"We are fighting with each other, it is serious gunfire," Kanharith said.
Thailand's Foreign Ministry denied that any Thais had been seized.
The latest fighting comes a day after a Thai soldier lost a leg when he stepped on a landmine in an area claimed by Thailand.
A Thai patrol visited the blast site on Friday morning and encountered 20 Cambodian soldiers.
"After talks between the two sides failed, the Cambodian side started to walk away and turned back to open fire at Thai troops with rifles and RPG rockets, forcing the Thai side to fire back in self-defence," the Thai foreign ministry said in a statement.
There were reports of more fighting in the afternoon, hours after Thai and Cambodian commanders met for talks on the border.
The 11th-century temple was built in the reign of King Suryvarman I, during the 600-year Khmer empire.
Built to honour the Hindu god Shiva, the temple has withstood decades of war.
In 1998, hundreds of Khmer Rouge guerrillas made their final surrender at the temple.
Unesco deemed the temple a World Heritage site for its location, rare architecture, religious function and carved stone ornaments.
The latest gunfight happened after a Thai general described the first incident as a "misunderstanding".
Cambodian officials said Friday's first shootout began after Thai troops crossed into Cambodian territory.
The landmine incident a day earlier had already put Cambodian troops on "high alert" said Thai officials.
Earlier this week Hun Sen, the Cambodian prime minister, had warned Thailand that it would face fighting if its troops crossed their disputed frontier.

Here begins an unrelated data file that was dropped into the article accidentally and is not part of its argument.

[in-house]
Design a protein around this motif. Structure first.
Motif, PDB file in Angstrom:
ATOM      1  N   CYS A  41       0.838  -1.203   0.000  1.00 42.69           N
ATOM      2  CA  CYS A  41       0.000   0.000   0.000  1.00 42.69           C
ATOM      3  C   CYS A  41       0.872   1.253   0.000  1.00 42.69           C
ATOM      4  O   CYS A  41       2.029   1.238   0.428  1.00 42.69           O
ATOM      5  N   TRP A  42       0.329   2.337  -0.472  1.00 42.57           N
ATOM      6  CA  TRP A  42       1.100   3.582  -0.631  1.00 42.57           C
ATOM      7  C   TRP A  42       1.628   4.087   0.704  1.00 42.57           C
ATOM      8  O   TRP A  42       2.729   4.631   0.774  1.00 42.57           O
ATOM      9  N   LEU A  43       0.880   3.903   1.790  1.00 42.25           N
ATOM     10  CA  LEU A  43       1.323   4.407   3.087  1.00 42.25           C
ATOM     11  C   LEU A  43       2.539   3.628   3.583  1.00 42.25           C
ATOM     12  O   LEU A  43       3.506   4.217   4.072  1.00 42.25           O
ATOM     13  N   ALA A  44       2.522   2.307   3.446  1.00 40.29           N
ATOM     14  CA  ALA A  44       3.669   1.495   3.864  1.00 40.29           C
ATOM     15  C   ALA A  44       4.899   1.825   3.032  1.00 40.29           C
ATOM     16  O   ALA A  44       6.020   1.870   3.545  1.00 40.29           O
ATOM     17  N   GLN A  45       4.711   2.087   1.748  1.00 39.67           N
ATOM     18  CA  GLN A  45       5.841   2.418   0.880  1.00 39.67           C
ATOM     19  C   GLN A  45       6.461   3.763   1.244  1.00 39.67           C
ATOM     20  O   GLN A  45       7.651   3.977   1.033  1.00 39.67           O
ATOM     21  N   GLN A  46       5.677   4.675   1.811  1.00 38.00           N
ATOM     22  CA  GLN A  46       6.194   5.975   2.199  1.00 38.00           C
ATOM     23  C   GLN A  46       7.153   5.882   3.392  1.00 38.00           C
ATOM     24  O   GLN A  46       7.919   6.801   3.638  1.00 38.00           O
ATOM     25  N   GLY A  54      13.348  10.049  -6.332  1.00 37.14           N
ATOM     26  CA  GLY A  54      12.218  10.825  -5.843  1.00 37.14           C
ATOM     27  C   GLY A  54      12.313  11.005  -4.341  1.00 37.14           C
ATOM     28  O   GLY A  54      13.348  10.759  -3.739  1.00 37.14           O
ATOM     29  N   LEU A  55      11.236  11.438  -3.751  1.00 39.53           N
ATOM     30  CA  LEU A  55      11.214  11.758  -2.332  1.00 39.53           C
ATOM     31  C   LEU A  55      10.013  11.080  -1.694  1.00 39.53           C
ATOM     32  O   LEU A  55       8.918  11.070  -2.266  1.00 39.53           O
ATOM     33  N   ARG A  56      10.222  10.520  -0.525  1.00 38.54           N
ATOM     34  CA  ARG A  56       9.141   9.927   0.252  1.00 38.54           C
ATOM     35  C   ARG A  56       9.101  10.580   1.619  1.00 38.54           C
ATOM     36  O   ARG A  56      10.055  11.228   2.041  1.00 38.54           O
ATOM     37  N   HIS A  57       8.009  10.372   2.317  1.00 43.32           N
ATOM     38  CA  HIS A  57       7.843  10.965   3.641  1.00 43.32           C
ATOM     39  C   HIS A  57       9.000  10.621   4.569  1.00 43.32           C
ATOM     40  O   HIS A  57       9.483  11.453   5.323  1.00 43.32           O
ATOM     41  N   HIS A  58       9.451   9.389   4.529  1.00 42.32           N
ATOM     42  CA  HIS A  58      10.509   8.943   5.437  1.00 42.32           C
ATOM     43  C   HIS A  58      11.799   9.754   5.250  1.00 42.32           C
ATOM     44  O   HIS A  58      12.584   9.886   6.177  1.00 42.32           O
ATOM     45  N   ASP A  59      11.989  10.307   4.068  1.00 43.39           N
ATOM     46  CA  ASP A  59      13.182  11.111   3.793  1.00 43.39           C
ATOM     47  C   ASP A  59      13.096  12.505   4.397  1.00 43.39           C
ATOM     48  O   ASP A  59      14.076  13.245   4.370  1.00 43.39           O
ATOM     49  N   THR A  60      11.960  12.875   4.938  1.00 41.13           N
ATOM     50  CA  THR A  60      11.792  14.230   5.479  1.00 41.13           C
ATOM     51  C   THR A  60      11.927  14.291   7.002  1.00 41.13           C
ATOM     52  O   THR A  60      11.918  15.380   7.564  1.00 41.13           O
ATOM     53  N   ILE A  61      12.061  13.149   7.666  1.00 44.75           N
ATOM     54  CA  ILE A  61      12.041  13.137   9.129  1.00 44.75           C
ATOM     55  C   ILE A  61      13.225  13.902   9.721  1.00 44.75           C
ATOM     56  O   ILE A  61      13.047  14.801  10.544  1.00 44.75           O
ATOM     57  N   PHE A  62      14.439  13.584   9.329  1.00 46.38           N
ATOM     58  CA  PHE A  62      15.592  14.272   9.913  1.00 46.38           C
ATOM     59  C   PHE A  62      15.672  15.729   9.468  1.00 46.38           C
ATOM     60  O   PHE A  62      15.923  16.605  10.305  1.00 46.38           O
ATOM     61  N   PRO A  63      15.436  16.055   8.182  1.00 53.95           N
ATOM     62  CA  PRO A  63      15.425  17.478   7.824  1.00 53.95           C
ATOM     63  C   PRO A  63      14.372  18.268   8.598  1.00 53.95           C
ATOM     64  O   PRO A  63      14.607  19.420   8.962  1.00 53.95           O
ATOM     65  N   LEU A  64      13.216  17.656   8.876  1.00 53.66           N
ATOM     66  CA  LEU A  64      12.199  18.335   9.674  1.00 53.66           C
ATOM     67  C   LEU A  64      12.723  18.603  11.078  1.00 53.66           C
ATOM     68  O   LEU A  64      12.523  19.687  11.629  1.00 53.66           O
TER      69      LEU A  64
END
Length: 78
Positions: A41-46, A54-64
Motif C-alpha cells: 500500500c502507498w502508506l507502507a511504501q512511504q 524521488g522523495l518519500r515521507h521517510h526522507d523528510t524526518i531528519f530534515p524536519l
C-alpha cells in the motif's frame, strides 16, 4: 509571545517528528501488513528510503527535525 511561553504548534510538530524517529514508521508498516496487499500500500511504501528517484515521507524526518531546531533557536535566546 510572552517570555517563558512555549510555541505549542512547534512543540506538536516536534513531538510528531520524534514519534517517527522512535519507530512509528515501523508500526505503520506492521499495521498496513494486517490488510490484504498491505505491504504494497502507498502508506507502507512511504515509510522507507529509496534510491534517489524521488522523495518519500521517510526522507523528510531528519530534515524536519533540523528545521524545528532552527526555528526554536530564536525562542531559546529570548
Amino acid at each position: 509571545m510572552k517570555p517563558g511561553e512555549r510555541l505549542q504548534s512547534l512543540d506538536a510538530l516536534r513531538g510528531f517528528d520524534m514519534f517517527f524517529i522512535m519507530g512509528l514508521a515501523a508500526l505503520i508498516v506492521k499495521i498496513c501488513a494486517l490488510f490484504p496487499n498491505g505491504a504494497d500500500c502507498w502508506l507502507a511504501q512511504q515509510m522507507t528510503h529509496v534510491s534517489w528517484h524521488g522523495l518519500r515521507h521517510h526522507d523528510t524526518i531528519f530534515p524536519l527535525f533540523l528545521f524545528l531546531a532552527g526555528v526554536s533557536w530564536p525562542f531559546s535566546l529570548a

But Thailand denies claims that about 100 of its troops had crossed over the frontier.
Hun Sen and Abhisit Vejjajiva, the Thai prime minister, are scheduled to attend a summit between the Association of Southeast Asian Nations (Asean) and key regional partners in the Thai resort of Pattaya next week.
The conflict focuses on an area of land of just over five square kilometres surrounding the temple.
Ownership of the property itself was awarded to Cambodia by an international court in 1962, but ownership of the surrounding land has remained in dispute.
"There is also a lot of very unhelpful political wrangling at the top levels"
Laura Kyle, Al Jazeera
The recent listing of the temple as a UN World Heritage site has revived nationalist tensions in Thailand and Cambodia.
The same area was the scene of several clashes last year, with four soldiers killed in October.
Al Jazeera's Laura Kyle reporting from Phnom Penh said: "Violence peaked last year when the temple became a world heritage site ... there are negotiations taking place to try and diffuse the situation and bring the fighting to a halt.
"But there is also a lot of very unhelpful political wrangling at the top levels," she said.